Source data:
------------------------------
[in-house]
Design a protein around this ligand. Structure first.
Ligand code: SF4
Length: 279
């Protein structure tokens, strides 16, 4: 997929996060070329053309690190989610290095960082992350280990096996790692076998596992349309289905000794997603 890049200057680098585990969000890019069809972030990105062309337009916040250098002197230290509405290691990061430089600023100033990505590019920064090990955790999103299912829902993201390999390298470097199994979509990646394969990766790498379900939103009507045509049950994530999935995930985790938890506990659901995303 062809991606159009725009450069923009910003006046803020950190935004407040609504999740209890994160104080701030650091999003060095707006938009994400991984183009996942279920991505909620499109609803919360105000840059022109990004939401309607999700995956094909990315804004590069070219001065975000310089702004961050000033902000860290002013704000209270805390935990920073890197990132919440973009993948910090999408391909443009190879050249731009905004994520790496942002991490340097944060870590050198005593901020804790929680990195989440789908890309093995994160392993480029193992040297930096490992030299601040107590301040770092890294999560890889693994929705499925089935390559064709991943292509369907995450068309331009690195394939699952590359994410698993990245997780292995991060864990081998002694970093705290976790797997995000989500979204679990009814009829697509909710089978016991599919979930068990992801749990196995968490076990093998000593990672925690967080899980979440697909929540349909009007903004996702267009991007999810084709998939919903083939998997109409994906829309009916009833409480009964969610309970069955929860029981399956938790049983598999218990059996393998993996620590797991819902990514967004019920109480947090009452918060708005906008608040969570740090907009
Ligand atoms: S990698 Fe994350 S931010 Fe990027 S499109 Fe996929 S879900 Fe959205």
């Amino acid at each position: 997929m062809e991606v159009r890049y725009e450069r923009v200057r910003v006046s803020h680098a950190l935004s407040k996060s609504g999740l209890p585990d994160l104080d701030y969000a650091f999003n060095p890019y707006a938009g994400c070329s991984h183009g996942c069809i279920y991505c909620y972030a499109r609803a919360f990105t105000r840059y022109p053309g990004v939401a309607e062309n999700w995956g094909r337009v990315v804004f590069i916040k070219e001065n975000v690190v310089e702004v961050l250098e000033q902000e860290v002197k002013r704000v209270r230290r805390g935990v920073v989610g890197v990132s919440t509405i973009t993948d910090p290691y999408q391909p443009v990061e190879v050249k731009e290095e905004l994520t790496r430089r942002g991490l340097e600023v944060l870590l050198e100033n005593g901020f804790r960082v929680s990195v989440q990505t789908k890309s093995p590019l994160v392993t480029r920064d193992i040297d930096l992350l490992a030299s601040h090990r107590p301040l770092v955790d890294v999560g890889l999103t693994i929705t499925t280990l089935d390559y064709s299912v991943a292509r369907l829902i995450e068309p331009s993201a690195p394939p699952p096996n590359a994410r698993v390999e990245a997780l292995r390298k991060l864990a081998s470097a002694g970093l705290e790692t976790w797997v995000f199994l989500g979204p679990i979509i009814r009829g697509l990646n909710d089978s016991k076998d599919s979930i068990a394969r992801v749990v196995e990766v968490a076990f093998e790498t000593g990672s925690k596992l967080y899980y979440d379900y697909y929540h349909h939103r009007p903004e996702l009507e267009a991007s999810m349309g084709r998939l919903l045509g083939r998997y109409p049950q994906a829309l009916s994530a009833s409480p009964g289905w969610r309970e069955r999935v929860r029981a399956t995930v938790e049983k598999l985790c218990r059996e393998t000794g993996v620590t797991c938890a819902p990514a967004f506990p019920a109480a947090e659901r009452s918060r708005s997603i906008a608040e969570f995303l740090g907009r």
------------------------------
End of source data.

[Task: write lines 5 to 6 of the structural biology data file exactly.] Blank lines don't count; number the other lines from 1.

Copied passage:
């Protein structure tokens, strides 16, 4: 997929996060070329053309690190989610290095960082992350280990096996790692076998596992349309289905000794997603 890049200057680098585990969000890019069809972030990105062309337009916040250098002197230290509405290691990061430089600023100033990505590019920064090990955790999103299912829902993201390999390298470097199994979509990646394969990766790498379900939103009507045509049950994530999935995930985790938890506990659901995303 062809991606159009725009450069923009910003006046803020950190935004407040609504999740209890994160104080701030650091999003060095707006938009994400991984183009996942279920991505909620499109609803919360105000840059022109990004939401309607999700995956094909990315804004590069070219001065975000310089702004961050000033902000860290002013704000209270805390935990920073890197990132919440973009993948910090999408391909443009190879050249731009905004994520790496942002991490340097944060870590050198005593901020804790929680990195989440789908890309093995994160392993480029193992040297930096490992030299601040107590301040770092890294999560890889693994929705499925089935390559064709991943292509369907995450068309331009690195394939699952590359994410698993990245997780292995991060864990081998002694970093705290976790797997995000989500979204679990009814009829697509909710089978016991599919979930068990992801749990196995968490076990093998000593990672925690967080899980979440697909929540349909009007903004996702267009991007999810084709998939919903083939998997109409994906829309009916009833409480009964969610309970069955929860029981399956938790049983598999218990059996393998993996620590797991819902990514967004019920109480947090009452918060708005906008608040969570740090907009
Ligand atoms: S990698 Fe994350 S931010 Fe990027 S499109 Fe996929 S879900 Fe959205």